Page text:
Presentation on theme: "BY ISAAC, DANIEL, COLBY 2, HARISH AND SHAWN The Immune system."— Presentation transcript:
BY ISAAC, DANIEL, COLBY 2, HARISH AND SHAWN The Immune system
Koch’s postulates 1) The pathogen should always be found un the body if a sick organism and should not be found in a healthy one. 2)The pathogen must be isolated and grown in the laboratory in pure culture. 3)When the cultured pathogens are placed in a new host, they should cause the same disease that infected the original host. 4)The injected pathogen should be isolated from the second host. It should be identical to the original pathogen.
How Diseases Are Spread Physical Contact: Such as sneezing, coughing, interacting, and sexual contact. Contaminated Food & Water: There could be food poisoning, bacteria in uncooked meat, untreated water/sewage, lack of sanitation. Infected Animals: Animals can be used as vectors for diseases, bacteria, and parasites.
Agents of Disease Viruses: Tiny particles that invade and replicate within living cells. Bacteria: Most bacteria are harmless to humans. They breakdown tissue and release toxins. Protists: Protists cause diseases and are living organisms in other organisms. Worm: Small worm- like organisms that live inside of bodies and live off of the organism.
Fighting Infectious Diseases Antibiotics: Compounds that kill bacteria without harming the cells of the human or animal host. Discover of Antibiotics: One antibiotic, penicillin, was discovered by accidently in 1928 by the Scottish bacteriologist Alexander Fleming. Over-the-Counter Drugs: Medicines that you can have without a persciption.
Nonspecific Defense Skin: The bodies most important nonspecific defense is the skin. Inflammatory Response: The inflammatory response is anon specific defense reaction to tissues damage caused by injury or infection. Interferon: It interferes with the growth of viruses. Fever: Caused by chemicals that the immune system releases to raise the core body temperature.
Specific Defense Antigens: A substance that triggers an immune response. Antibodies: Protiesn that recognize and bind to antigens. Immune Response: The immune response is a specific defense that attacks a particular disease causing agent. Pathogen: A pathogen is a disease causing agent.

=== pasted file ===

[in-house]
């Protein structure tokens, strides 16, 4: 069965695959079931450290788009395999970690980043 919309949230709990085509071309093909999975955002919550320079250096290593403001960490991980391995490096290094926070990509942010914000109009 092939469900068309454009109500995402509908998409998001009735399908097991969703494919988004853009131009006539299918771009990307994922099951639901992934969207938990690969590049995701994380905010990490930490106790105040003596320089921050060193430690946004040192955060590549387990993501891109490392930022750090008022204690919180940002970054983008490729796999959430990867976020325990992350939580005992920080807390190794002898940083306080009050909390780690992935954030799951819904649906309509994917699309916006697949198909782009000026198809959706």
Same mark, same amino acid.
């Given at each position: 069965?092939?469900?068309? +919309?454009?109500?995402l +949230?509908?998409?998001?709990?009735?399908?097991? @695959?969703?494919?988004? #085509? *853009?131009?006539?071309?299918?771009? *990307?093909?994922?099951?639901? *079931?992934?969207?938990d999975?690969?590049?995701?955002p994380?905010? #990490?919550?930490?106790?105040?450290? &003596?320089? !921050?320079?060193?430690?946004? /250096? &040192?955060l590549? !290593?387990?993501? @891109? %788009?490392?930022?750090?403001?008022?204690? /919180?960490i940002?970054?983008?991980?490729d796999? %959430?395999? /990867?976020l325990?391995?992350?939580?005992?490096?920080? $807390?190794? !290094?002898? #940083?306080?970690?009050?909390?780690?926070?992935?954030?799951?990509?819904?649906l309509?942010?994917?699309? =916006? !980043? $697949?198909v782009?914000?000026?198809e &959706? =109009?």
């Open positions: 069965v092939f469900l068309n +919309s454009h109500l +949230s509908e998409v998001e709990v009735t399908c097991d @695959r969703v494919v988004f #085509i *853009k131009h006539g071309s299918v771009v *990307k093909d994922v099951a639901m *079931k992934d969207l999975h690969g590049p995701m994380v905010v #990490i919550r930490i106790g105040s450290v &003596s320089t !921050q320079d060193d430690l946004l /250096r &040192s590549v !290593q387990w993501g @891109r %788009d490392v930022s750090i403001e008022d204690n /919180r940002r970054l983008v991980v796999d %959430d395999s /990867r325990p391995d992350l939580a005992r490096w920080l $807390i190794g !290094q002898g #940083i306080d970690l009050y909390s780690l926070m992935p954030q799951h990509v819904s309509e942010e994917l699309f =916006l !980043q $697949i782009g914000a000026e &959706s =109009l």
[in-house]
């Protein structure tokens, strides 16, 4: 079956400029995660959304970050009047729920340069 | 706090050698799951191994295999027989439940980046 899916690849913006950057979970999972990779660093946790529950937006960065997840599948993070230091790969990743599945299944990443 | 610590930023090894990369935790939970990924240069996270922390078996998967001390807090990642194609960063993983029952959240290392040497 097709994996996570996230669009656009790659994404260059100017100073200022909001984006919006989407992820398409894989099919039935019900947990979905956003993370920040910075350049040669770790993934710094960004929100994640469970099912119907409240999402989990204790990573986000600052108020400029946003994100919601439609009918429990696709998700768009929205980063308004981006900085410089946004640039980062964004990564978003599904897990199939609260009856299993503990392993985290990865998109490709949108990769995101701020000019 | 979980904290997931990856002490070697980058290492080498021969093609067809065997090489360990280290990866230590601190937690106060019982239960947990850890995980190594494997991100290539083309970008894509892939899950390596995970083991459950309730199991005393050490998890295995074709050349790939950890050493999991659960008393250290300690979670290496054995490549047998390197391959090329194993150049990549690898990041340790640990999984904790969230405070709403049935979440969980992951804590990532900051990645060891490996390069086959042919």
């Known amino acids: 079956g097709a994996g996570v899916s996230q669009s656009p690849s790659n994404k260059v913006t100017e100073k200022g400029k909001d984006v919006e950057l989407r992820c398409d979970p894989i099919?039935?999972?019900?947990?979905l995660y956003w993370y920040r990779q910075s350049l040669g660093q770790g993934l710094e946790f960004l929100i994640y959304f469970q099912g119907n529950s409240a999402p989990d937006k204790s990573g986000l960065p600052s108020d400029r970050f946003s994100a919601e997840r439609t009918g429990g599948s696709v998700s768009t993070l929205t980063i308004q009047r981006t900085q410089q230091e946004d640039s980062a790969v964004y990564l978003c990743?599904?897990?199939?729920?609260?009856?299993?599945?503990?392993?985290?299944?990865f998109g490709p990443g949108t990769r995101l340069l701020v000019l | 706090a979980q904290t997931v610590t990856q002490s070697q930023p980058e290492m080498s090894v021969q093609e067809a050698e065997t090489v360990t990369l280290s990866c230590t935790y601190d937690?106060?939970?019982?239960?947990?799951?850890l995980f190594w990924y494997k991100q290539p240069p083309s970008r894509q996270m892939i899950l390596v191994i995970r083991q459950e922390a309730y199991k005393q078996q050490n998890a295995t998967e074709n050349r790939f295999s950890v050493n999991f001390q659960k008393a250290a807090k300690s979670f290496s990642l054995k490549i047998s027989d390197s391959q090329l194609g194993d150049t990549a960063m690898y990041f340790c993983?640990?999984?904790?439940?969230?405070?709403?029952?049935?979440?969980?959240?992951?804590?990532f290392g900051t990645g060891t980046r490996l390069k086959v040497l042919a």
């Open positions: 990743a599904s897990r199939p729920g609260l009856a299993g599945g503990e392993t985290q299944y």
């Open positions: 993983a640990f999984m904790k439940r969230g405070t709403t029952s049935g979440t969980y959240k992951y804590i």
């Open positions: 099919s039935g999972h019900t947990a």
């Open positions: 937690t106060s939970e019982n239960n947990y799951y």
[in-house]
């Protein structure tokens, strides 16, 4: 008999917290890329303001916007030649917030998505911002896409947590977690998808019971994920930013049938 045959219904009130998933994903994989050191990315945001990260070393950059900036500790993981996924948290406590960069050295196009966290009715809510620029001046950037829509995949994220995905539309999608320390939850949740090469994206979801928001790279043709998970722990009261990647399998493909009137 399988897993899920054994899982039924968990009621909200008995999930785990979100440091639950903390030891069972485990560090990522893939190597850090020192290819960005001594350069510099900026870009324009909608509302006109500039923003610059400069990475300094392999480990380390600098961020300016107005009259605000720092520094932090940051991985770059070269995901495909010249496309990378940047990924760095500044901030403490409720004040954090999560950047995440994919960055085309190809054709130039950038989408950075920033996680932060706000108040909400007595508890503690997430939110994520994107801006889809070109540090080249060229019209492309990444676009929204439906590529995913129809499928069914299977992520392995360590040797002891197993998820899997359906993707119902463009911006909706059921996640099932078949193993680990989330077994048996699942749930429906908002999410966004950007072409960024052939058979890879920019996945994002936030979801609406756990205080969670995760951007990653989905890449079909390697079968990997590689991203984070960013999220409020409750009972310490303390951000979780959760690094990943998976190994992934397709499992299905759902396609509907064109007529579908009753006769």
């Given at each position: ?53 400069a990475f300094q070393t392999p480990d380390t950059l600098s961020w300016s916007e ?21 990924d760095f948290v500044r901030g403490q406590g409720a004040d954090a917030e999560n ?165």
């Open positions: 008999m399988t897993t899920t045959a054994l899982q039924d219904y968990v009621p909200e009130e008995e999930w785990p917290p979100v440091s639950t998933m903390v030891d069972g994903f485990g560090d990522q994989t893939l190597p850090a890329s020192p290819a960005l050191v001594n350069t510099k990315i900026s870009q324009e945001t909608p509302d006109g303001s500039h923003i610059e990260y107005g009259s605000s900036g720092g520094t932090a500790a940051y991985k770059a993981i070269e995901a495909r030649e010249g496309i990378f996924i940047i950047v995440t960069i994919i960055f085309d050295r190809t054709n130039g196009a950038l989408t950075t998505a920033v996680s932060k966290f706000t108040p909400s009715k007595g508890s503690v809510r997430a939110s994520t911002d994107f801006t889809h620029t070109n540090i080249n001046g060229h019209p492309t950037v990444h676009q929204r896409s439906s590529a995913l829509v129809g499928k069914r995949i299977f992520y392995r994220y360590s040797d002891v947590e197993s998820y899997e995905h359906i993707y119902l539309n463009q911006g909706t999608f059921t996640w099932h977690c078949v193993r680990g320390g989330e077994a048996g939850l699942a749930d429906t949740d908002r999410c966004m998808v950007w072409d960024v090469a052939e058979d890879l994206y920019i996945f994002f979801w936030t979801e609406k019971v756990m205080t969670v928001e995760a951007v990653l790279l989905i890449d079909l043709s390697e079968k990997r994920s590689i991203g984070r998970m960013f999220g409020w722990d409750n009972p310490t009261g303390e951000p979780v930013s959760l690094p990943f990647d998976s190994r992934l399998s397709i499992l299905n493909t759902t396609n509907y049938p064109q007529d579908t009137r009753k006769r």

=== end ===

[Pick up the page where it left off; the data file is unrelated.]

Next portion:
Acquired Immunity Vaccination: The injection of a weakened form of a pathogen to produce immunity. Active Immunity: The type of immunity produced by the body’s reaction to a vaccine. It appears after exposure to an antigen. Passive Immuntity: When you get antibodies from other organisms and are injected into the bloodstream.
Allergies Allergies: An overreaction of the immune system to an antigen. Common Allergies: Common allergies are pollen, dust, mold, ad bee stings. Histamine: The chemical that is released to increase blood flow to a specific area. Asthma: Allergies cause this condition. A chronic respiratory disease in which the air passages become narrower than normal.
AIDS, An Immunodeficiency Disease What is AIDS: It is another type of immunodeficiency disease. It is a result from a viral infection that destroys helper t- cells. HIV: The HIV virus deteriorates the immune system while multiplying itself. Prevention: The only no risk behavior with respect to HIV and AIDS in abstinence.
Safety Air Quality: The air that you breath comes into very close contact with the tissue in your lungs and blood making it easy for antigens to enter the body. Carbon Monoxide: It is an odorless gas that can kill humans. It is found when certain compounds are found. Ozone: A highly reactive form of oxygen, is another gas found in the air that s a potential risk factor when it occurs at ground level.
1. What is a pathogen? a. Agents that cause diseases b. Compounds that that kill bacteria without harming the cells of the human c. Protect the skin from penetration d. Increase body temperature to help white blood cells
2. When does an immune response happen? a. When tissue is damaged by injury to or infection b. When neurons in the brain damaged c. When white cells are destroyed d. When b-cells and t-cells are destroyed by incoming disease agents
3. What is the reason for a Fever? a. To kill pathogens with increased body temperature b. Create a better environment for white cells to navigate c. To trigger an immune response d. a and b
4. What produces antibodies? a. B-cells b. T-cells c. antigens d. pathogen
5. What is the immune systems first layer of defense? a. Skin b. Non-Specific immune defense c. Anti-body markers d. B-cells
6. What do the B-cells do for the immune system? a. Produce antibodies b. Engulf and destroy infected cells c. Both a and b d. Mark infected cell for destruction
7. What does the immune system do for the body a. Protect body from foreign invaders b. Digest and remove waste c. Circulate the blood through the body d. None of the above
8. Vaccines prevent illness by… a. Virus b. Bacteria c. Both a and b d. None of the above
9. How does the body build up immunity? a. B-Cells store the memory of how to make the specific antibody needed b. T-Cells will automatically kill pathogens that enter the body c. The body will not allow pathogens to enter a second time
10. What is the body’s primary defense against its own cells when they have become cancerous or infected by viruses? a. cell-Mediated Immunity b. Provide defense against abnormal cells and pathogens inside its own cells c. Humoral immunity d. Non-specific defense
Answer Key 1. A 2. A 3. D 4. A 5. A 6. C 7. A 8. A 9. A 10. A